What do your comics sound like? What beats and rhythms echo behind your eyes when you absorb pictorial narrative?

The Lagoon delivers fragments of young Zoey’s experiences growing up in a rural outpost where she, her parents and her grandfather live beside a cold black body of water. Within the brackish, weed-choked mire, a bizarre, monstrous beast dwells, but her family and the sundry other disparate souls who live adjacent gladly tolerate it since it does no obvious harm.

In fact, over the years, the incredible, indescribable call of the creature in the night has led to many odd happenings and disappearances. The plaintive cry of the creature obsesses and possesses the mere mortals and as years pass, Zoey gradually loses everyone but her grandpa to the night-singer. Her time is taken up with music and learning the piano, but all anyone really hears is that plaint on the midnight breezes.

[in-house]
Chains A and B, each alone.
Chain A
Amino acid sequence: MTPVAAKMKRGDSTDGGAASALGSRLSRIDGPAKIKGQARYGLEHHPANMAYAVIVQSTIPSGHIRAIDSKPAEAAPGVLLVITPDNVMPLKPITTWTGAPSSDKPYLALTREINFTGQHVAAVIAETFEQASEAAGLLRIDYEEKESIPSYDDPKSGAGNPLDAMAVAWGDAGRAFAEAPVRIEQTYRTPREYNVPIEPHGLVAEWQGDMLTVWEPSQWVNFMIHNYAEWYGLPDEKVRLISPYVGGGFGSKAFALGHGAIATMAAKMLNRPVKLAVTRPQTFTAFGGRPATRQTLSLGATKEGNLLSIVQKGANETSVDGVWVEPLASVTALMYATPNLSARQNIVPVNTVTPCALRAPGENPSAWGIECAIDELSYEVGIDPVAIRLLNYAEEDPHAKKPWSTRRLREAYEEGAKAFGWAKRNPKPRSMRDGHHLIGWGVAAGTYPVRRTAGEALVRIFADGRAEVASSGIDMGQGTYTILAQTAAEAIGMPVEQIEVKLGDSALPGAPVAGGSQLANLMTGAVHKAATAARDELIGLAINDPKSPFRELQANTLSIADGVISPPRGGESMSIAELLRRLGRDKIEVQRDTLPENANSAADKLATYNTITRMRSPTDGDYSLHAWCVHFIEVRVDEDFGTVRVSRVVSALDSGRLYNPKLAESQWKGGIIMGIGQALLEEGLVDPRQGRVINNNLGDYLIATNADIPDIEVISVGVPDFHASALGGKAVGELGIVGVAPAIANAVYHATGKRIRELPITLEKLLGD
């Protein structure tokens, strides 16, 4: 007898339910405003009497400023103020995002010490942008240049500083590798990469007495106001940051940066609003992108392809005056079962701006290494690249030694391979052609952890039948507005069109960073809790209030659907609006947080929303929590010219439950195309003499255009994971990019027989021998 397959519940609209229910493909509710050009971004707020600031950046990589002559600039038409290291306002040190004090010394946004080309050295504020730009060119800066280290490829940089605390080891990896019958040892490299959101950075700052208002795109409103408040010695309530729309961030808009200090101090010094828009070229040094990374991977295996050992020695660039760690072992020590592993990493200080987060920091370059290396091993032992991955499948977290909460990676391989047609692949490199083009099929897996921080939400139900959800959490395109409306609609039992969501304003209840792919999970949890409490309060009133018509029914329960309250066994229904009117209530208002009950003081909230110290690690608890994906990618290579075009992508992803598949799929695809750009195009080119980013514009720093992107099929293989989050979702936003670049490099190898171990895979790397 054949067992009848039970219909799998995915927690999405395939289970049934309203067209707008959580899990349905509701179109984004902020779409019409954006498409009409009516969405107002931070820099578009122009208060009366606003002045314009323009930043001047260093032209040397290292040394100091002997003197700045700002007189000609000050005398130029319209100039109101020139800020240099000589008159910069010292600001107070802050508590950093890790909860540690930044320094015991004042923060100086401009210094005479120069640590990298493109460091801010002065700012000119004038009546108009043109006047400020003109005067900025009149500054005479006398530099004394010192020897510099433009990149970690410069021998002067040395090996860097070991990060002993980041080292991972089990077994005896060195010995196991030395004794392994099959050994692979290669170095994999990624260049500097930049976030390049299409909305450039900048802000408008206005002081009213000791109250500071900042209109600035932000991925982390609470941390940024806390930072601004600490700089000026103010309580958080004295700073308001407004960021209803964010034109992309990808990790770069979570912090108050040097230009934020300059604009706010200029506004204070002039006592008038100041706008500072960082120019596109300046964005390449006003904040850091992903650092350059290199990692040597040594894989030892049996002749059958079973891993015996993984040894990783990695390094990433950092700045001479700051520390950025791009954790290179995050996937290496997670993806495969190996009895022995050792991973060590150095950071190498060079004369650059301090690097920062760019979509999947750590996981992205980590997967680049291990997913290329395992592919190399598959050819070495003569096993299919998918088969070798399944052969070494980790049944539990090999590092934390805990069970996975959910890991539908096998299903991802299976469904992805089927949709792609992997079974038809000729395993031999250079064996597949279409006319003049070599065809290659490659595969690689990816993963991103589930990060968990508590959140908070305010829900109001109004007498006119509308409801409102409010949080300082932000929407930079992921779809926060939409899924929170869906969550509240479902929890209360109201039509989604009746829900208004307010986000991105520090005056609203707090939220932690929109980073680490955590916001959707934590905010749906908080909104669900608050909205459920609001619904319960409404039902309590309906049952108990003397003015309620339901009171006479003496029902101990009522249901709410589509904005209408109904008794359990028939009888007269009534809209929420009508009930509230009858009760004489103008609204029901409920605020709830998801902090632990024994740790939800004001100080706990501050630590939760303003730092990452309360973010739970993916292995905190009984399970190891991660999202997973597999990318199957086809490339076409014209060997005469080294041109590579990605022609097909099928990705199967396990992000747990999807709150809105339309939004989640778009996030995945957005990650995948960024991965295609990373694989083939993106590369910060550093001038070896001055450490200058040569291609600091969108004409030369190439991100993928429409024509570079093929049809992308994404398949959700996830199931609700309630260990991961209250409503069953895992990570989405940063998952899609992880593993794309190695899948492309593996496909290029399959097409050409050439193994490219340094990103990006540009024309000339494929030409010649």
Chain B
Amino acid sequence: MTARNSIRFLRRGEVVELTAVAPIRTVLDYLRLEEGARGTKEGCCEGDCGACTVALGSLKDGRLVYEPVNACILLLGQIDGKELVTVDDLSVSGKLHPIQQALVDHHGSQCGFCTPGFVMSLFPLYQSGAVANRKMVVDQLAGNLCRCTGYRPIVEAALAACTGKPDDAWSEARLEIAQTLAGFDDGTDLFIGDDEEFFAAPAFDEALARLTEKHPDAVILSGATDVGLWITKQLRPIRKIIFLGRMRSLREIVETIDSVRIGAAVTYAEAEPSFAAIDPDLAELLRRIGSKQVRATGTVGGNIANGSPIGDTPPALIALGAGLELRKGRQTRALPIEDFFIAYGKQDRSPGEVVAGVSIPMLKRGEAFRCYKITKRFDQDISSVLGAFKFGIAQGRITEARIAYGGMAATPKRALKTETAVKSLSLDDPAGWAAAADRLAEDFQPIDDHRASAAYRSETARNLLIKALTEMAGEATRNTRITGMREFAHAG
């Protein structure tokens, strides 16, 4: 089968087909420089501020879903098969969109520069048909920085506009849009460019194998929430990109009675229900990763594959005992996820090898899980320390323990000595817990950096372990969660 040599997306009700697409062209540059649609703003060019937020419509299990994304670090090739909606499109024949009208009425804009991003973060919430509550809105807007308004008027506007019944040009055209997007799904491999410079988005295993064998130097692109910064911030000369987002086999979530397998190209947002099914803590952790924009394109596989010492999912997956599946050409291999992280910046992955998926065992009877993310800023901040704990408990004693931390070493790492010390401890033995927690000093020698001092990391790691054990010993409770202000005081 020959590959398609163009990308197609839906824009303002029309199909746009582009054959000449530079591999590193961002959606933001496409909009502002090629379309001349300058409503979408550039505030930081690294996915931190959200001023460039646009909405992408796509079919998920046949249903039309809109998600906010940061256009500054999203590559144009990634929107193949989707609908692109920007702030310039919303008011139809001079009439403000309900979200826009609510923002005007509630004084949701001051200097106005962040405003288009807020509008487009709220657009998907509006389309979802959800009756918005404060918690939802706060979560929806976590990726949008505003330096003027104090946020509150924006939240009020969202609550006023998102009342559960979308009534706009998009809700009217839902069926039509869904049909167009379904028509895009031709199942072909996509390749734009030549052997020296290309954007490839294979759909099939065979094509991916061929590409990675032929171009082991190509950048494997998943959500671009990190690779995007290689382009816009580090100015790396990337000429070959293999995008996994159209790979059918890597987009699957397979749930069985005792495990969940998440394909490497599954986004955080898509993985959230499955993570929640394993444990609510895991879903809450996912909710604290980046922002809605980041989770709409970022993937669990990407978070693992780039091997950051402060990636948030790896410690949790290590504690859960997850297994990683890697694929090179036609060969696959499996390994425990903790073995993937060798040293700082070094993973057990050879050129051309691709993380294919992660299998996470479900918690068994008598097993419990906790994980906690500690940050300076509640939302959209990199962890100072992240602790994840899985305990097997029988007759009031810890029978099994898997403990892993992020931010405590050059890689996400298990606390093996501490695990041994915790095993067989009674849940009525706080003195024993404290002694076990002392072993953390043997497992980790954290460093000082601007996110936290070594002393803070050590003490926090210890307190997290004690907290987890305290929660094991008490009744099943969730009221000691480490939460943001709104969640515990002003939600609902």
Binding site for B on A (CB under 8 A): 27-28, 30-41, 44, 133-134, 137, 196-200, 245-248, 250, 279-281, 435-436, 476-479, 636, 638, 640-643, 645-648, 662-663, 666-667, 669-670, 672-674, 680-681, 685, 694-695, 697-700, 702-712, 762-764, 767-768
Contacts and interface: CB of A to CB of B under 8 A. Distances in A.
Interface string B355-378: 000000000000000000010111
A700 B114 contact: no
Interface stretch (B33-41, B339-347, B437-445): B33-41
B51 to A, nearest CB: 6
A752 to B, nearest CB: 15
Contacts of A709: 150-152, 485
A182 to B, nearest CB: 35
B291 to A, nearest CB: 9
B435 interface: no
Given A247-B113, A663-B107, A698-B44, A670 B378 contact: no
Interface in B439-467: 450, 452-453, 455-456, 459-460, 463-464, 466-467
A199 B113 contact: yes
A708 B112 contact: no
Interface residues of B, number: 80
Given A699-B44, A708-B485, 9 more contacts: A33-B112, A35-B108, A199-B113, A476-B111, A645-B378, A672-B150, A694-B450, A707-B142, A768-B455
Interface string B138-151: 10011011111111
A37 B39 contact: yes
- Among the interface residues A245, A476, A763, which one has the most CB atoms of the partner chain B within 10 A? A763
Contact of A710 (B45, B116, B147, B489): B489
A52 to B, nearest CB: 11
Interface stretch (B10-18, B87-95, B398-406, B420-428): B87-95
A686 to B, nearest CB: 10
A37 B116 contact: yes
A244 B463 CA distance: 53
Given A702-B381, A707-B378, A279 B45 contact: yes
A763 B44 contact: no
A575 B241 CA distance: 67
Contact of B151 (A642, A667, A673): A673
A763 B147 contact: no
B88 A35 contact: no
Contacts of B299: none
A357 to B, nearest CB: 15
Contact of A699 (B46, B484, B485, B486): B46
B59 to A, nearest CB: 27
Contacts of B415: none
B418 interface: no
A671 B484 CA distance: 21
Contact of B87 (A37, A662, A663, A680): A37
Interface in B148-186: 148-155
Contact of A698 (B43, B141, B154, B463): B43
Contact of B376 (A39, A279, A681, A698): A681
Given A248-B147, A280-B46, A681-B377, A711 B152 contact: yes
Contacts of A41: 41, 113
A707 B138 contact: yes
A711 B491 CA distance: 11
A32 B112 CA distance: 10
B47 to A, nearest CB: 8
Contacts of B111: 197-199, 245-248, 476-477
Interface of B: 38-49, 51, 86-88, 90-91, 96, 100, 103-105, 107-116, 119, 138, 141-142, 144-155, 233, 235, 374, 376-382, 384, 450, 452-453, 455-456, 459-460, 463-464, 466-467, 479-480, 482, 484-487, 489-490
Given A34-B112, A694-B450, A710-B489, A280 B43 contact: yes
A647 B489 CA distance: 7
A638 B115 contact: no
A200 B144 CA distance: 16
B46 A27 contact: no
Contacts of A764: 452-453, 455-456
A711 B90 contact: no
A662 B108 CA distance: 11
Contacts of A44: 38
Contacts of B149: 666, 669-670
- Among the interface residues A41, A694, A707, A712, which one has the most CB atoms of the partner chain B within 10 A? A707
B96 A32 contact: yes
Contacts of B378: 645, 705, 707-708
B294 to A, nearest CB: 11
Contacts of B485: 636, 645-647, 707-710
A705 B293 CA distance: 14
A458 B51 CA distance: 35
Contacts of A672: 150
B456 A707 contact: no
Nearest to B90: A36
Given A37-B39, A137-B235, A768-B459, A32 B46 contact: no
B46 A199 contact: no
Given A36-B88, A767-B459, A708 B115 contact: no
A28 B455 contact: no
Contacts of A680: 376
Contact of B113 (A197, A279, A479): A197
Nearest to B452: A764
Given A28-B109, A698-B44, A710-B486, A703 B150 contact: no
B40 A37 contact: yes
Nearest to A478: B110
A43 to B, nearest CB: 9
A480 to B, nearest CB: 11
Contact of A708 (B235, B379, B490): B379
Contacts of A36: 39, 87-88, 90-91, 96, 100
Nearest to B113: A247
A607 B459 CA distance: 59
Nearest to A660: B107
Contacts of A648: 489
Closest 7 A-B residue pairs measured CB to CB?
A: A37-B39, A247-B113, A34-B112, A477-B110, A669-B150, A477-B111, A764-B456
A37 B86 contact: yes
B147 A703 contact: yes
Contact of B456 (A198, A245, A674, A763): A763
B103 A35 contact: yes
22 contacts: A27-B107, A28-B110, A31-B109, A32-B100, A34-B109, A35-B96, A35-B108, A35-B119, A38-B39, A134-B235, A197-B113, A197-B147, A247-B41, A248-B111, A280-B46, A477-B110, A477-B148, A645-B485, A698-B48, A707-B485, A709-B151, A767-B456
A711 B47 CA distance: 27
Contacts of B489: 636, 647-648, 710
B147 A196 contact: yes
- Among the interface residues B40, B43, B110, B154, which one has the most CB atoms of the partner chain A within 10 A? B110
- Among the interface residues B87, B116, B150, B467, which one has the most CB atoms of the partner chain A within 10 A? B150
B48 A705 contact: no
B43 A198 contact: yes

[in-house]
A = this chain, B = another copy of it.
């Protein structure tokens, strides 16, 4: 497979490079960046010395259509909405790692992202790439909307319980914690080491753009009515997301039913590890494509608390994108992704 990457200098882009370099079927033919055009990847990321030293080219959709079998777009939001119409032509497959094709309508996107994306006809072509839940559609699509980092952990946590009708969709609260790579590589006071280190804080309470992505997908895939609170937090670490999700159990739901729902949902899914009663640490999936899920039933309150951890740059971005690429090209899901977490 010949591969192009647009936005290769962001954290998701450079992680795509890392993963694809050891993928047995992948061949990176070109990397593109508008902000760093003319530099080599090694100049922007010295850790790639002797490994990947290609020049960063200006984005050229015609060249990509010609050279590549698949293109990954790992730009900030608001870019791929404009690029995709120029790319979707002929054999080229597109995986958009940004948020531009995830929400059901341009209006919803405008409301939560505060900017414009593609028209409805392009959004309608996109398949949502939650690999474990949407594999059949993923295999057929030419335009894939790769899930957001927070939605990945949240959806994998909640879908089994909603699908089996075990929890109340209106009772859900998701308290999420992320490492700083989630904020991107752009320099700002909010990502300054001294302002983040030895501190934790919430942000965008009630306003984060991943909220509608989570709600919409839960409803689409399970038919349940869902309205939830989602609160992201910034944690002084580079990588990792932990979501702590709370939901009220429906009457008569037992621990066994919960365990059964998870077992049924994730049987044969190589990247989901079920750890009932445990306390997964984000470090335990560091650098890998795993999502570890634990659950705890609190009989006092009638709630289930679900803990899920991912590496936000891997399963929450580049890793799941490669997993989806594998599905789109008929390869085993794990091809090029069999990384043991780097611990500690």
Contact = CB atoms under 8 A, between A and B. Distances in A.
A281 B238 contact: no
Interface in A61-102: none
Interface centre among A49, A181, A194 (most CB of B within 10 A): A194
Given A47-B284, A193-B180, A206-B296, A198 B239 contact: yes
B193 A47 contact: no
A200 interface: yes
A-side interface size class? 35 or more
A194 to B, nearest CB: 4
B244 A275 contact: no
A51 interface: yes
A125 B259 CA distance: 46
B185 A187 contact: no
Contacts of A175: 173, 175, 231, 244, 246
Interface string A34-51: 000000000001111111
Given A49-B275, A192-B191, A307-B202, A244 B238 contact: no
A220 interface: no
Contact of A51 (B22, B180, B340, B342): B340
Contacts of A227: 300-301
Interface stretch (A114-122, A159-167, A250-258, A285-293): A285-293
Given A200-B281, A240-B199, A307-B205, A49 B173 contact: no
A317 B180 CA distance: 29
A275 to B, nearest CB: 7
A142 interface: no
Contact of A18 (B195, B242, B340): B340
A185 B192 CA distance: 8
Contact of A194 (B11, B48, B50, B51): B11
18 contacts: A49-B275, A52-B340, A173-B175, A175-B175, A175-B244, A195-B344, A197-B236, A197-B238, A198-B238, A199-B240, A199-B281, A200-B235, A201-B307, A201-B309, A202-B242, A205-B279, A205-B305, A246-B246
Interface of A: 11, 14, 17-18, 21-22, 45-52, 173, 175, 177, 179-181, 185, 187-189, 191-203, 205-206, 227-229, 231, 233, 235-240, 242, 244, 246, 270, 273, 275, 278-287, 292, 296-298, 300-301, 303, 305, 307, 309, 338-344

Dark, ambiguously chilling and comfortable at the same time, the naïve-ist illustration compulsively uses patterns and symbols to depict how sounds look and music appears while recounting the relationship of the creature – far, far more than a dumb beast – and the inevitably maturing and isolated young girl. This intensely experimental picture-parable is mesmerising and powerfully effective for all its brevity.

Lilli Carré first drew critical attention with her short stories – collected as Tales of Woodsman Pete and this slim monochrome tome was her first graphic novel. It’s a whimsical, expressive and bleakly enchanting exploration of great power and gentle lyricism apparently stemming from idle experimentation with pens and brushes. Oh, if only all doodles grew into such sweet storytelling.

Lying far from comics’ genre-ghettos, this is a perfect book for the discerning reader in search of something different.